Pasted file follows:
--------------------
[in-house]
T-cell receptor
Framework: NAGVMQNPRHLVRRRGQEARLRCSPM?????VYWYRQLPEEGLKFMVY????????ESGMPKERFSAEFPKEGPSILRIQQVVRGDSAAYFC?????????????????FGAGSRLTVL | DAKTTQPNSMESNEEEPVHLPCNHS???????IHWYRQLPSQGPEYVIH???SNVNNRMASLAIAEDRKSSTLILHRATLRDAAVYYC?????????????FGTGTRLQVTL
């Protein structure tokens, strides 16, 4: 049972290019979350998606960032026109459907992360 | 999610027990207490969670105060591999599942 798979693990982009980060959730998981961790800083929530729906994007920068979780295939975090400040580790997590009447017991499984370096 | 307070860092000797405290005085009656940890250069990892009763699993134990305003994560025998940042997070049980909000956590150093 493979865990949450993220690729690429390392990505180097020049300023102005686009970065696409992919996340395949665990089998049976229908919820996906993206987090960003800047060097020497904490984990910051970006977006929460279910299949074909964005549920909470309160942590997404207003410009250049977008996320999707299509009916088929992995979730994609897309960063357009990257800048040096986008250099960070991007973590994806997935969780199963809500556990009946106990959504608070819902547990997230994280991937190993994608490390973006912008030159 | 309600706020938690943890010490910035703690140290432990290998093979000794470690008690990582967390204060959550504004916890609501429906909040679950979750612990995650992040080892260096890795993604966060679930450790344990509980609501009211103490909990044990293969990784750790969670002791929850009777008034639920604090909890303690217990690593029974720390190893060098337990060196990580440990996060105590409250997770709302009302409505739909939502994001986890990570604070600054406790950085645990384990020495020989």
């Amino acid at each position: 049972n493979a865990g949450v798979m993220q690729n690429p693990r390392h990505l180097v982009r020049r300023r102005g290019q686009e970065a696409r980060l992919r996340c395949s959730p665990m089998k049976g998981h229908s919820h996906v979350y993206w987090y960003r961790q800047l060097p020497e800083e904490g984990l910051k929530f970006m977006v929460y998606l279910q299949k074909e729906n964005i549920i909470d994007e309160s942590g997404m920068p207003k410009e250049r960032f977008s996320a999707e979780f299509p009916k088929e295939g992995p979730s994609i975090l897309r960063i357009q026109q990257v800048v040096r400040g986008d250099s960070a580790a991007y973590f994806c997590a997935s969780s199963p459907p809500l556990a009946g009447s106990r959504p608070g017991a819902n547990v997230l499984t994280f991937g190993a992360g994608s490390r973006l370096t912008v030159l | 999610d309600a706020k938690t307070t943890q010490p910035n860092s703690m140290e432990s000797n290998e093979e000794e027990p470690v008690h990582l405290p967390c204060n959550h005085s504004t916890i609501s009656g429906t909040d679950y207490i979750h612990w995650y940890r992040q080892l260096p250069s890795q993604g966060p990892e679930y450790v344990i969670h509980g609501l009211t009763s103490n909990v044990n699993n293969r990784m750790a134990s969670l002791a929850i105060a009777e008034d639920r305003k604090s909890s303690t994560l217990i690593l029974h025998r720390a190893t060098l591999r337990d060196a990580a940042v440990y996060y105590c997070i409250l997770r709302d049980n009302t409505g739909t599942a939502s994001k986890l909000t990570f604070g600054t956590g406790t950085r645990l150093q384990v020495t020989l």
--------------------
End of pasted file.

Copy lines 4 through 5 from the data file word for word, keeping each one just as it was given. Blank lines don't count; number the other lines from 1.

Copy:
């Protein structure tokens, strides 16, 4: 049972290019979350998606960032026109459907992360 | 999610027990207490969670105060591999599942 798979693990982009980060959730998981961790800083929530729906994007920068979780295939975090400040580790997590009447017991499984370096 | 307070860092000797405290005085009656940890250069990892009763699993134990305003994560025998940042997070049980909000956590150093 493979865990949450993220690729690429390392990505180097020049300023102005686009970065696409992919996340395949665990089998049976229908919820996906993206987090960003800047060097020497904490984990910051970006977006929460279910299949074909964005549920909470309160942590997404207003410009250049977008996320999707299509009916088929992995979730994609897309960063357009990257800048040096986008250099960070991007973590994806997935969780199963809500556990009946106990959504608070819902547990997230994280991937190993994608490390973006912008030159 | 309600706020938690943890010490910035703690140290432990290998093979000794470690008690990582967390204060959550504004916890609501429906909040679950979750612990995650992040080892260096890795993604966060679930450790344990509980609501009211103490909990044990293969990784750790969670002791929850009777008034639920604090909890303690217990690593029974720390190893060098337990060196990580440990996060105590409250997770709302009302409505739909939502994001986890990570604070600054406790950085645990384990020495020989």
């Amino acid at each position: 049972n493979a865990g949450v798979m993220q690729n690429p693990r390392h990505l180097v982009r020049r300023r102005g290019q686009e970065a696409r980060l992919r996340c395949s959730p665990m089998k049976g998981h229908s919820h996906v979350y993206w987090y960003r961790q800047l060097p020497e800083e904490g984990l910051k929530f970006m977006v929460y998606l279910q299949k074909e729906n964005i549920i909470d994007e309160s942590g997404m920068p207003k410009e250049r960032f977008s996320a999707e979780f299509p009916k088929e295939g992995p979730s994609i975090l897309r960063i357009q026109q990257v800048v040096r400040g986008d250099s960070a580790a991007y973590f994806c997590a997935s969780s199963p459907p809500l556990a009946g009447s106990r959504p608070g017991a819902n547990v997230l499984t994280f991937g190993a992360g994608s490390r973006l370096t912008v030159l | 999610d309600a706020k938690t307070t943890q010490p910035n860092s703690m140290e432990s000797n290998e093979e000794e027990p470690v008690h990582l405290p967390c204060n959550h005085s504004t916890i609501s009656g429906t909040d679950y207490i979750h612990w995650y940890r992040q080892l260096p250069s890795q993604g966060p990892e679930y450790v344990i969670h509980g609501l009211t009763s103490n909990v044990n699993n293969r990784m750790a134990s969670l002791a929850i105060a009777e008034d639920r305003k604090s909890s303690t994560l217990i690593l029974h025998r720390a190893t060098l591999r337990d060196a990580a940042v440990y996060y105590c997070i409250l997770r709302d049980n009302t409505g739909t599942a939502s994001k986890l909000t990570f604070g600054t956590g406790t950085r645990l150093q384990v020495t020989l």